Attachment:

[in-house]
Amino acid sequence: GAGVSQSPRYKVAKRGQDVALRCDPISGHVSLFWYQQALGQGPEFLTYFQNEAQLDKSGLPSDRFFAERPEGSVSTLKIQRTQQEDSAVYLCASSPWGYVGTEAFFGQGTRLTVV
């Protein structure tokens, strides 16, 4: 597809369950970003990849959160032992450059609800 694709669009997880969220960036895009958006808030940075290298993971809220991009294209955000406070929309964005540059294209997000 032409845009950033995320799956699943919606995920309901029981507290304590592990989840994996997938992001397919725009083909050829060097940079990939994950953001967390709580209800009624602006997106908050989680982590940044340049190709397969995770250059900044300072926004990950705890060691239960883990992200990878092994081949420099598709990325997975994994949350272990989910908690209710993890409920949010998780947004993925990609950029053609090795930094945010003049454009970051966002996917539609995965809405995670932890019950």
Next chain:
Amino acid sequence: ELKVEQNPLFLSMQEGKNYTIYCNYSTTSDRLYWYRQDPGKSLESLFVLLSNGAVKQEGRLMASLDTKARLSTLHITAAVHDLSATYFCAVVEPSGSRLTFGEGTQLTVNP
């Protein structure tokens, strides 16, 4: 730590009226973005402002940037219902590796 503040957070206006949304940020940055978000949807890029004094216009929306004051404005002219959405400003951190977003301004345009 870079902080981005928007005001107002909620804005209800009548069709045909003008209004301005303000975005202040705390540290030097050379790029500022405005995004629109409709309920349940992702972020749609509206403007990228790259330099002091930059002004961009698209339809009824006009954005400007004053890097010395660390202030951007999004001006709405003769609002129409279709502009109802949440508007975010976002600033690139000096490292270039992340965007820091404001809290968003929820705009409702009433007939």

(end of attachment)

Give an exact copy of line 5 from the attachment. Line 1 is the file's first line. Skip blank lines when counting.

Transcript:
Amino acid sequence: ELKVEQNPLFLSMQEGKNYTIYCNYSTTSDRLYWYRQDPGKSLESLFVLLSNGAVKQEGRLMASLDTKARLSTLHITAAVHDLSATYFCAVVEPSGSRLTFGEGTQLTVNP